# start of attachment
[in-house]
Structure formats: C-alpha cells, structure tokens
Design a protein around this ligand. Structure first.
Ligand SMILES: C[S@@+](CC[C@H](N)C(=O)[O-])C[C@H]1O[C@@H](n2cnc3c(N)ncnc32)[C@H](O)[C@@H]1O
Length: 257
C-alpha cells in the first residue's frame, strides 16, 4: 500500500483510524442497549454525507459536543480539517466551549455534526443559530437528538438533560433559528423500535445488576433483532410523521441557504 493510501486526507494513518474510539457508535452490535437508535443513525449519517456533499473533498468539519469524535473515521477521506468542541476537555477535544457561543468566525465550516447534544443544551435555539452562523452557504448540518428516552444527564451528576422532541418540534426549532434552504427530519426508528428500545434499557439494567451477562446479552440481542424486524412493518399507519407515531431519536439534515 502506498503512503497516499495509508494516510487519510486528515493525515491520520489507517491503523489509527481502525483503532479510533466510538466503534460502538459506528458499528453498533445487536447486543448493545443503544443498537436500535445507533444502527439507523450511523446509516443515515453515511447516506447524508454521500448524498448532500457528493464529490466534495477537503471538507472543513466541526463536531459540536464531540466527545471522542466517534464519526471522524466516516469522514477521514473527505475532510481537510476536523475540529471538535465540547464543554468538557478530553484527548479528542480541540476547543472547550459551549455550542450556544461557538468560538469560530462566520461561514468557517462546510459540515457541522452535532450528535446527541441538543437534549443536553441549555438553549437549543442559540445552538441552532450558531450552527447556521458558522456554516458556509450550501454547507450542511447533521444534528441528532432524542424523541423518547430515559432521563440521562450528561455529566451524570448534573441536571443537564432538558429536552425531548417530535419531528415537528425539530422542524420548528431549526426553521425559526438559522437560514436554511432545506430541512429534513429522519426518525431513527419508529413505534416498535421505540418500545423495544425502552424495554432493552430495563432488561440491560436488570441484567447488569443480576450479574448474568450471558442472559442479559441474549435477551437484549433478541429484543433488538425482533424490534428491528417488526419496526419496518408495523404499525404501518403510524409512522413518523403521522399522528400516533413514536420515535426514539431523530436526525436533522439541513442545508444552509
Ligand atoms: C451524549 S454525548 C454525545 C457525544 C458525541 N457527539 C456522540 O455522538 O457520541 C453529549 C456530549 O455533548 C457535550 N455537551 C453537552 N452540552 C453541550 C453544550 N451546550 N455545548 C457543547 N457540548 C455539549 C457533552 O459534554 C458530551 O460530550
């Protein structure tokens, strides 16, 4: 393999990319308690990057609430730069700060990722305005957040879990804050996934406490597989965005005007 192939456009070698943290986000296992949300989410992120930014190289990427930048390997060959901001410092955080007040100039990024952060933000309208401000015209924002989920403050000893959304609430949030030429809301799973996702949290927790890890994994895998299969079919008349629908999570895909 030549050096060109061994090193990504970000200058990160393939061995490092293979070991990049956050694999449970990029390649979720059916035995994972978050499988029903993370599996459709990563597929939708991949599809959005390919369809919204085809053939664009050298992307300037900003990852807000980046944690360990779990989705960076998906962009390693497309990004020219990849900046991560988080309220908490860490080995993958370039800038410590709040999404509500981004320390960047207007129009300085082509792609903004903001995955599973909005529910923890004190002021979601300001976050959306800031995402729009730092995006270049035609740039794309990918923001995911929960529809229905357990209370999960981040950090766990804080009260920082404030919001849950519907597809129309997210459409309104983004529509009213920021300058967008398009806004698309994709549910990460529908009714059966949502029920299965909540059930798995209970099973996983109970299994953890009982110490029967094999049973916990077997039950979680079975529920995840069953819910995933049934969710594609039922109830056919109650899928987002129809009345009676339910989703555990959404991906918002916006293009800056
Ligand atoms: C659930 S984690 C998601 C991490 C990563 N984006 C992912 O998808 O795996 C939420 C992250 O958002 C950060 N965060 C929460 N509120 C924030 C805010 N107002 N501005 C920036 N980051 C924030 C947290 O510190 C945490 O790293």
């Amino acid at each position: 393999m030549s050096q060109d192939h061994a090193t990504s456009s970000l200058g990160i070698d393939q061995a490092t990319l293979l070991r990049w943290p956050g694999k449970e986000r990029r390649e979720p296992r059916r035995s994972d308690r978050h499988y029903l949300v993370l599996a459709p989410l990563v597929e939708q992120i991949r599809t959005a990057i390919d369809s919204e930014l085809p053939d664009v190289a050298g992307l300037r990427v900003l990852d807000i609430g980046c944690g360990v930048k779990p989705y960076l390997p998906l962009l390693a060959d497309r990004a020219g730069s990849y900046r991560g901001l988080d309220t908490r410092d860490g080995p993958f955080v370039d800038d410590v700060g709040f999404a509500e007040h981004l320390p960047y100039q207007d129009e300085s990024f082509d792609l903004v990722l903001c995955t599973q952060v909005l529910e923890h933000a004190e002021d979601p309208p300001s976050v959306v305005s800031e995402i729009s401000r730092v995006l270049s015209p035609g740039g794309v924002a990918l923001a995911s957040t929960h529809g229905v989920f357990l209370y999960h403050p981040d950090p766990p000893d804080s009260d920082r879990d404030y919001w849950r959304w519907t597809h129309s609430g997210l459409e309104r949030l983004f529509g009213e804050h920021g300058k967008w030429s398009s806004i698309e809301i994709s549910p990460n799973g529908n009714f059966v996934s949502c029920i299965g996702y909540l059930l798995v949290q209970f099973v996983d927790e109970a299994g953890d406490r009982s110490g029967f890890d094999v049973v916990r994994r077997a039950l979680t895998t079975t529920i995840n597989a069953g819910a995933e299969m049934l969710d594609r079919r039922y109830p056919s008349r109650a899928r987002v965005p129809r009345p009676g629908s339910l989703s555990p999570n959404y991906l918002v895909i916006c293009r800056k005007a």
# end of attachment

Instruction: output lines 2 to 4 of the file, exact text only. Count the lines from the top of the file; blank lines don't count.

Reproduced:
Structure formats: C-alpha cells, structure tokens
Design a protein around this ligand. Structure first.
Ligand SMILES: C[S@@+](CC[C@H](N)C(=O)[O-])C[C@H]1O[C@@H](n2cnc3c(N)ncnc32)[C@H](O)[C@@H]1O